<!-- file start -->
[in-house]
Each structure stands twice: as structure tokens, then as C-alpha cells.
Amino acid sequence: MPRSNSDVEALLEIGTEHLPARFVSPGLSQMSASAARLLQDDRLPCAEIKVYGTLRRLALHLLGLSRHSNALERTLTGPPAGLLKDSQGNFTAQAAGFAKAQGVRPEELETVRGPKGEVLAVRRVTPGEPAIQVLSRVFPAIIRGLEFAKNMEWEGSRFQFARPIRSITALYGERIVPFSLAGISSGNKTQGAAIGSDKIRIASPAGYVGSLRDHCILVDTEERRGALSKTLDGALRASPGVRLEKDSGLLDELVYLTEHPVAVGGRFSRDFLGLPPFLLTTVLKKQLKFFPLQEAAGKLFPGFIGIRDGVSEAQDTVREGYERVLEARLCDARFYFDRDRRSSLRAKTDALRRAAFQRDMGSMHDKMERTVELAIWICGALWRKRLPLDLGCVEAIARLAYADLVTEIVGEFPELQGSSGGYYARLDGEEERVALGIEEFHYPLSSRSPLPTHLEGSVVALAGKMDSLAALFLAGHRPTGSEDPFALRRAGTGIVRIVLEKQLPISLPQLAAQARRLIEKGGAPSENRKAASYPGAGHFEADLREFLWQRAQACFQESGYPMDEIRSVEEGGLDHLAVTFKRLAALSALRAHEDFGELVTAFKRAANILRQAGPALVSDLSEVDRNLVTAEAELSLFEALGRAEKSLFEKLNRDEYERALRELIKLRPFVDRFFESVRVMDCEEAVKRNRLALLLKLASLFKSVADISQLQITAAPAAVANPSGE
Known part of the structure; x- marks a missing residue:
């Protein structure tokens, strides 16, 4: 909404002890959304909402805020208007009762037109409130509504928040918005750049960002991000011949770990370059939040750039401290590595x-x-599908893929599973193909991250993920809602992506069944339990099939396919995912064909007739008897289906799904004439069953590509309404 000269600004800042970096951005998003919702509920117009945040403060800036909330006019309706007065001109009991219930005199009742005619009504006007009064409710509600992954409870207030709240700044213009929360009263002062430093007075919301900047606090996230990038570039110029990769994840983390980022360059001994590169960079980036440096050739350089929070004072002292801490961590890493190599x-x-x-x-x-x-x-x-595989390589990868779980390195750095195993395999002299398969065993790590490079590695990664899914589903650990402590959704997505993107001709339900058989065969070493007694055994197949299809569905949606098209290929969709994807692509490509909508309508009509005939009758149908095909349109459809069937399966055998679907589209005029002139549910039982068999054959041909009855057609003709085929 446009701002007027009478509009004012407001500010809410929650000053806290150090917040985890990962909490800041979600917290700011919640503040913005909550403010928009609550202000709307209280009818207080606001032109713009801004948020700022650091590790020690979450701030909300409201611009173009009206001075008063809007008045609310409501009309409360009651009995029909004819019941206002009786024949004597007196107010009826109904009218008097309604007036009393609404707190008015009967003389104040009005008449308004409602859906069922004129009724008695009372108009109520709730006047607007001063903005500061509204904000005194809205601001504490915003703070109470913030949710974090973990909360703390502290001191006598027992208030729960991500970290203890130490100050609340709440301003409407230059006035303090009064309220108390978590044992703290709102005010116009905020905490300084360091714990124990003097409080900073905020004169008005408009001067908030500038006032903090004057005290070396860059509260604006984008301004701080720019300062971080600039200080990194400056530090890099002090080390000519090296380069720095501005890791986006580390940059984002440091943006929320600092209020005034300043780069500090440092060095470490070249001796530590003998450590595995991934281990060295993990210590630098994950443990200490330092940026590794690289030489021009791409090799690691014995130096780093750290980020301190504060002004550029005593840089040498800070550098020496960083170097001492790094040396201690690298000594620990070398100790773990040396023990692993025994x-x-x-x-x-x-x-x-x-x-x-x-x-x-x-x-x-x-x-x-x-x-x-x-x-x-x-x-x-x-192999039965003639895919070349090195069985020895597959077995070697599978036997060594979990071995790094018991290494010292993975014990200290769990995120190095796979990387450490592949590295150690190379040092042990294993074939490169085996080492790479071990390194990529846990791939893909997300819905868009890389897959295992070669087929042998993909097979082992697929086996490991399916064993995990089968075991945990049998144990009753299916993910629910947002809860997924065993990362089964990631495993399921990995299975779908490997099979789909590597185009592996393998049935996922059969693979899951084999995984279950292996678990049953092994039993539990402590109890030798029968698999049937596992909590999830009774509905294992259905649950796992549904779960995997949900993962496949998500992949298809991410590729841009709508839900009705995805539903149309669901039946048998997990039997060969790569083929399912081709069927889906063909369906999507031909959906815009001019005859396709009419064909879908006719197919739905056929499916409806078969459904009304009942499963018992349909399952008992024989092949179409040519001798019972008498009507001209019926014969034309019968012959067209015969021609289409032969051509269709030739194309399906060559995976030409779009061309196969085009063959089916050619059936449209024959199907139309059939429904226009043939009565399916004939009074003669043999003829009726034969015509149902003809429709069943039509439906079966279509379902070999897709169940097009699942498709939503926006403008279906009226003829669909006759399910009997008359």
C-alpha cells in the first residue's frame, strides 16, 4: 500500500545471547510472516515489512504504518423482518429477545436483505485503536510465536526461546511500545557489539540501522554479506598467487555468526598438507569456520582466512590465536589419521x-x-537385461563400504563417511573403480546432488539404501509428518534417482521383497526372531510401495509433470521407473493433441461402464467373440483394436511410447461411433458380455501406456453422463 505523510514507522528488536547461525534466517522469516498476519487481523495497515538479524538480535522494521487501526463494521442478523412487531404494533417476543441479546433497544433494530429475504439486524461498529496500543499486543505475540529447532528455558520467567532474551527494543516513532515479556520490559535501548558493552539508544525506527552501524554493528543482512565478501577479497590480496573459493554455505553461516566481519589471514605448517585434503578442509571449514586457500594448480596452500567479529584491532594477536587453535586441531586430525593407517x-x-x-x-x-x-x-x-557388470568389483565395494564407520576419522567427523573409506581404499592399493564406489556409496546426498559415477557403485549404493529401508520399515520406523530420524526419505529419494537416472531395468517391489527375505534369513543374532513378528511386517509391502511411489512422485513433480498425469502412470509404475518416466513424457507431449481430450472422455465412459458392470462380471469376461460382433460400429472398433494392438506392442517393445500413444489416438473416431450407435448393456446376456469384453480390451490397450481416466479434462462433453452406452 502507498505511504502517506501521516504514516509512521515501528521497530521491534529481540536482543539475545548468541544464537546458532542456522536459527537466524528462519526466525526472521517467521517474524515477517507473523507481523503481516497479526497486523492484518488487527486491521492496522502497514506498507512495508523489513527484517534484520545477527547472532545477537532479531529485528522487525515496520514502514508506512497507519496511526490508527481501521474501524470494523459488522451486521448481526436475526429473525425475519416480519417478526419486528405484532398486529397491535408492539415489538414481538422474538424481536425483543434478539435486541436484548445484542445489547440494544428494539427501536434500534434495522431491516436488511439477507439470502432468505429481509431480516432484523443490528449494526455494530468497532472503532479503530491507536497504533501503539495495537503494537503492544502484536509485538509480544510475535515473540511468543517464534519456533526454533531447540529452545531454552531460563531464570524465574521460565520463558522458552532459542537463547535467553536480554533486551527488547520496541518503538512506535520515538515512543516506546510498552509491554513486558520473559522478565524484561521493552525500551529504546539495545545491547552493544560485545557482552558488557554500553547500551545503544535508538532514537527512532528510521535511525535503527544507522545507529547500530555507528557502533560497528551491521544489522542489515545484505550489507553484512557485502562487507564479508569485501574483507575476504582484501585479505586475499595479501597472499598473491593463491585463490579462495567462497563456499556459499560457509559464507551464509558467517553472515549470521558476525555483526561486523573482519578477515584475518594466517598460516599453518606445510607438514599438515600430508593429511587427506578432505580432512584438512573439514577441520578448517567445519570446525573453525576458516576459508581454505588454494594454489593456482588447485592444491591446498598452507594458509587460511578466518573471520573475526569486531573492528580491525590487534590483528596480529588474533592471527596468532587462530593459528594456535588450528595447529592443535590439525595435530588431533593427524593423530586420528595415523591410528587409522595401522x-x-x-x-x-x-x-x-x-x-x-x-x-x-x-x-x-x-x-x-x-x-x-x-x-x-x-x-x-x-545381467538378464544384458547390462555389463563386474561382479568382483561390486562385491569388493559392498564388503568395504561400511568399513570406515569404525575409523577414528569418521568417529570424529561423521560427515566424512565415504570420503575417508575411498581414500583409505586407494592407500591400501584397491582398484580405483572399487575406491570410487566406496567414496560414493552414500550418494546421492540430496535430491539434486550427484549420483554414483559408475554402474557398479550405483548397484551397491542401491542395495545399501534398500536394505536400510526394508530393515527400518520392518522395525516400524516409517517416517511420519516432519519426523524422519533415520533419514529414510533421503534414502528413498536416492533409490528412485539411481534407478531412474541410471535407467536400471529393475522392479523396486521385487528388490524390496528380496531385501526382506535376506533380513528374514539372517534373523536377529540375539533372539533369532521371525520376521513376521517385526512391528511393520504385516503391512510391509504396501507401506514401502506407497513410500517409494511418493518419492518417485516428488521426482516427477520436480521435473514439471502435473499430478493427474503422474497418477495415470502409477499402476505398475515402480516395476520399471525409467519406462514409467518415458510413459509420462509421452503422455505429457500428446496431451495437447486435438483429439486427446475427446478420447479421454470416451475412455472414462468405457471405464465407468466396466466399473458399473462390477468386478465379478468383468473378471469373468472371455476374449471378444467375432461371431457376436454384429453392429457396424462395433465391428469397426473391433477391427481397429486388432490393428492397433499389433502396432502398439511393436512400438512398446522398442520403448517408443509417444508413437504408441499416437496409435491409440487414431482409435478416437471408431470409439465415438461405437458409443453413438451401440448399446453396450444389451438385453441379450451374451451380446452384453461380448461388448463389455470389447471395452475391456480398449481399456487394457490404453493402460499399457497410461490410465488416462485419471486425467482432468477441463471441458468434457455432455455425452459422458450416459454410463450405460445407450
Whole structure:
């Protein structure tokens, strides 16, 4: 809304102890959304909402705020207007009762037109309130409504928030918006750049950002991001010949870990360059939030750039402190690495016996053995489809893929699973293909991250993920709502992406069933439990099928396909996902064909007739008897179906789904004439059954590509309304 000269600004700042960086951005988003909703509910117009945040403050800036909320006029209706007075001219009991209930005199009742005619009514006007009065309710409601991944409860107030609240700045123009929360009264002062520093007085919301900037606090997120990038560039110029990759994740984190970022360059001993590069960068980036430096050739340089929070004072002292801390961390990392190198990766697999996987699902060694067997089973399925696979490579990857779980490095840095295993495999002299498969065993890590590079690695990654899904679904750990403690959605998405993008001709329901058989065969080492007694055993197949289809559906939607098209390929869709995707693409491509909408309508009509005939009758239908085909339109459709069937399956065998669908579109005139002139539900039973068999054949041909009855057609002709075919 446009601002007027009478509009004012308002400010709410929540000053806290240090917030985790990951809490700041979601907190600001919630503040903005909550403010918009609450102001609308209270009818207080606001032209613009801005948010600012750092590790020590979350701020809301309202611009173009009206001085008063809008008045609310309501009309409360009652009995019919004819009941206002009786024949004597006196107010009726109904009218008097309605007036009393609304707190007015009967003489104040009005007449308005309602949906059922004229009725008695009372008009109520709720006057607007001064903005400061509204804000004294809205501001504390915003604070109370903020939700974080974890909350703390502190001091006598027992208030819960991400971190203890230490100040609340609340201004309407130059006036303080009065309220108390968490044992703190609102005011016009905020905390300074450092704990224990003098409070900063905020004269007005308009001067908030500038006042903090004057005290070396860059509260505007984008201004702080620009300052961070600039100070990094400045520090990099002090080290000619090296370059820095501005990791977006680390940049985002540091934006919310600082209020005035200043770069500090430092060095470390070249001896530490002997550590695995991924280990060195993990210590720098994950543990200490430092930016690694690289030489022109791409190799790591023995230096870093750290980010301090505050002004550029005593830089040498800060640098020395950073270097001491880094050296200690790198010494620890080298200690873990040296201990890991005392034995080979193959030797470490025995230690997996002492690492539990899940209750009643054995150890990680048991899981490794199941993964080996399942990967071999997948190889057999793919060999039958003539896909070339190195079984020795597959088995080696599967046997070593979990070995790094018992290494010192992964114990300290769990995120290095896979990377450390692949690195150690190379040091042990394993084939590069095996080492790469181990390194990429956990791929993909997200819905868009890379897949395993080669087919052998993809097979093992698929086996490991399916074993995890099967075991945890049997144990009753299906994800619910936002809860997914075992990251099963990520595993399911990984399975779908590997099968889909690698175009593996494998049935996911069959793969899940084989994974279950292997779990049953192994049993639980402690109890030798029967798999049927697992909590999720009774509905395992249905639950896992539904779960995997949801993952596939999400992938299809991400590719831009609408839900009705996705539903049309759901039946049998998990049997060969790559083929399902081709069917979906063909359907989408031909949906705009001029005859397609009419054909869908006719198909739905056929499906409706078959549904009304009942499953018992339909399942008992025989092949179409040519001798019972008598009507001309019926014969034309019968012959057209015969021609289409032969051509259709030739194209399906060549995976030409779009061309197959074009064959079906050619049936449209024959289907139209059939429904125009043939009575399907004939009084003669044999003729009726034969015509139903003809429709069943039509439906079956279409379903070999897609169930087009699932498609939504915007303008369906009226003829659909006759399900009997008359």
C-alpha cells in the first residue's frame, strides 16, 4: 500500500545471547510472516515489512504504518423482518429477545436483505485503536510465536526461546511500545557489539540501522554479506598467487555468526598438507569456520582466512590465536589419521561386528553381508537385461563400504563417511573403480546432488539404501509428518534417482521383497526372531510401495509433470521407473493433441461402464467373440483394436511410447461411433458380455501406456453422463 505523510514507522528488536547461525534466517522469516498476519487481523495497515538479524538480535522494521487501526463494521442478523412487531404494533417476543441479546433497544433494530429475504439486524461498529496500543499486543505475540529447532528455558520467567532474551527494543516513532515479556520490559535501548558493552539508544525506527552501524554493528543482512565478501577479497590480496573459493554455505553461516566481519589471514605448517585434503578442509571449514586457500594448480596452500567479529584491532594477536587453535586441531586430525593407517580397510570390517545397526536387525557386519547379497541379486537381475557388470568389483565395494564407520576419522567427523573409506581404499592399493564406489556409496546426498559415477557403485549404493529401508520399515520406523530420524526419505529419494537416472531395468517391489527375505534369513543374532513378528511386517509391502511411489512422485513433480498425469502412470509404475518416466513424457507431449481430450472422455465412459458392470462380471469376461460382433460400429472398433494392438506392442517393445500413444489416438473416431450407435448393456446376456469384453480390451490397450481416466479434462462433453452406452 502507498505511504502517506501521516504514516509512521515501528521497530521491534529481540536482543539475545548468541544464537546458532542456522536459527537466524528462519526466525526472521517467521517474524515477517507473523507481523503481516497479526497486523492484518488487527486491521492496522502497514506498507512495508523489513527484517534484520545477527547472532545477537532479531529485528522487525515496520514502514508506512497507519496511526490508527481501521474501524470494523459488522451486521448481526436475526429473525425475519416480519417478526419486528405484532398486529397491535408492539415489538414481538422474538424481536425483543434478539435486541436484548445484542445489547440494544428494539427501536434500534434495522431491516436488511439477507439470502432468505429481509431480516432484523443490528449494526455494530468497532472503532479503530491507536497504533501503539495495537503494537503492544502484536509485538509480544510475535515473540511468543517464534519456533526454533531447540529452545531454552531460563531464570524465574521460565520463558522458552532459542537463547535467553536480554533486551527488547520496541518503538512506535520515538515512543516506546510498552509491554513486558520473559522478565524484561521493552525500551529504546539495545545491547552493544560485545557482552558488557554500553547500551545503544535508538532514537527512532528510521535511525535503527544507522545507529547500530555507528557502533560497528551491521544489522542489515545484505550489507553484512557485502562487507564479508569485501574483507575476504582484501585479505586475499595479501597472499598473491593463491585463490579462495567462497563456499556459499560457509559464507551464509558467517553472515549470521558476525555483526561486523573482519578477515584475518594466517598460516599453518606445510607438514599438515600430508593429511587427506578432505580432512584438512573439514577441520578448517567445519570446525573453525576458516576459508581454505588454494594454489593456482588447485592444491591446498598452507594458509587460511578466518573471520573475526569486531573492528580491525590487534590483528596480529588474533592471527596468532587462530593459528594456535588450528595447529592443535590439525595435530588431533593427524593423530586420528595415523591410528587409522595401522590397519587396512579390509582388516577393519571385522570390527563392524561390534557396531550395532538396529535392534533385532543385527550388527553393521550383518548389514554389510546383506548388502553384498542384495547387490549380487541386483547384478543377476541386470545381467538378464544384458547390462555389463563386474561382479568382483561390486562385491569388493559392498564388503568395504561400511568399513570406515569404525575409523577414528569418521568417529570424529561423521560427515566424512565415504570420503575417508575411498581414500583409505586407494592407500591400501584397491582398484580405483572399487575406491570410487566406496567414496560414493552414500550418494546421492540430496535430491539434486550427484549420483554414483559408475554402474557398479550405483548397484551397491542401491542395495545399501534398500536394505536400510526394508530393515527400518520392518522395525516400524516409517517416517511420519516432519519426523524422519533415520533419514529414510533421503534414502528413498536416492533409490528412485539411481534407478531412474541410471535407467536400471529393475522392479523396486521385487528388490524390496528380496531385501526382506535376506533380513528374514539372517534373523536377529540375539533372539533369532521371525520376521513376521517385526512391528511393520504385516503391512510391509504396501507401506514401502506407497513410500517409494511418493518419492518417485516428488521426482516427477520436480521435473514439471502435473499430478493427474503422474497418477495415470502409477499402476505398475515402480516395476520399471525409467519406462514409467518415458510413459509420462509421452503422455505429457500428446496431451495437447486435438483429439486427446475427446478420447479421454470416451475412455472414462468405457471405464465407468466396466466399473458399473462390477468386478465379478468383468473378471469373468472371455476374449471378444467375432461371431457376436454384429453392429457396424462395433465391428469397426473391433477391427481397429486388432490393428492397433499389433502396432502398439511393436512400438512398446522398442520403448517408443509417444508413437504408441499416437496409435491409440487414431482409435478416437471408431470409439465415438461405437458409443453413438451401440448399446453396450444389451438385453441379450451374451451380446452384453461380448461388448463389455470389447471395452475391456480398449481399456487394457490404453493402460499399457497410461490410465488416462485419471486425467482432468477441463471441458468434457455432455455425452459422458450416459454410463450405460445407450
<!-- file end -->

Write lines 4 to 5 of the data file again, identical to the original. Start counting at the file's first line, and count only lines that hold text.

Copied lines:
Known part of the structure; x- marks a missing residue:
């Protein structure tokens, strides 16, 4: 909404002890959304909402805020208007009762037109409130509504928040918005750049960002991000011949770990370059939040750039401290590595x-x-599908893929599973193909991250993920809602992506069944339990099939396919995912064909007739008897289906799904004439069953590509309404 000269600004800042970096951005998003919702509920117009945040403060800036909330006019309706007065001109009991219930005199009742005619009504006007009064409710509600992954409870207030709240700044213009929360009263002062430093007075919301900047606090996230990038570039110029990769994840983390980022360059001994590169960079980036440096050739350089929070004072002292801490961590890493190599x-x-x-x-x-x-x-x-595989390589990868779980390195750095195993395999002299398969065993790590490079590695990664899914589903650990402590959704997505993107001709339900058989065969070493007694055994197949299809569905949606098209290929969709994807692509490509909508309508009509005939009758149908095909349109459809069937399966055998679907589209005029002139549910039982068999054959041909009855057609003709085929 446009701002007027009478509009004012407001500010809410929650000053806290150090917040985890990962909490800041979600917290700011919640503040913005909550403010928009609550202000709307209280009818207080606001032109713009801004948020700022650091590790020690979450701030909300409201611009173009009206001075008063809007008045609310409501009309409360009651009995029909004819019941206002009786024949004597007196107010009826109904009218008097309604007036009393609404707190008015009967003389104040009005008449308004409602859906069922004129009724008695009372108009109520709730006047607007001063903005500061509204904000005194809205601001504490915003703070109470913030949710974090973990909360703390502290001191006598027992208030729960991500970290203890130490100050609340709440301003409407230059006035303090009064309220108390978590044992703290709102005010116009905020905490300084360091714990124990003097409080900073905020004169008005408009001067908030500038006032903090004057005290070396860059509260604006984008301004701080720019300062971080600039200080990194400056530090890099002090080390000519090296380069720095501005890791986006580390940059984002440091943006929320600092209020005034300043780069500090440092060095470490070249001796530590003998450590595995991934281990060295993990210590630098994950443990200490330092940026590794690289030489021009791409090799690691014995130096780093750290980020301190504060002004550029005593840089040498800070550098020496960083170097001492790094040396201690690298000594620990070398100790773990040396023990692993025994x-x-x-x-x-x-x-x-x-x-x-x-x-x-x-x-x-x-x-x-x-x-x-x-x-x-x-x-x-x-192999039965003639895919070349090195069985020895597959077995070697599978036997060594979990071995790094018991290494010292993975014990200290769990995120190095796979990387450490592949590295150690190379040092042990294993074939490169085996080492790479071990390194990529846990791939893909997300819905868009890389897959295992070669087929042998993909097979082992697929086996490991399916064993995990089968075991945990049998144990009753299916993910629910947002809860997924065993990362089964990631495993399921990995299975779908490997099979789909590597185009592996393998049935996922059969693979899951084999995984279950292996678990049953092994039993539990402590109890030798029968698999049937596992909590999830009774509905294992259905649950796992549904779960995997949900993962496949998500992949298809991410590729841009709508839900009705995805539903149309669901039946048998997990039997060969790569083929399912081709069927889906063909369906999507031909959906815009001019005859396709009419064909879908006719197919739905056929499916409806078969459904009304009942499963018992349909399952008992024989092949179409040519001798019972008498009507001209019926014969034309019968012959067209015969021609289409032969051509269709030739194309399906060559995976030409779009061309196969085009063959089916050619059936449209024959199907139309059939429904226009043939009565399916004939009074003669043999003829009726034969015509149902003809429709069943039509439906079966279509379902070999897709169940097009699942498709939503926006403008279906009226003829669909006759399910009997008359």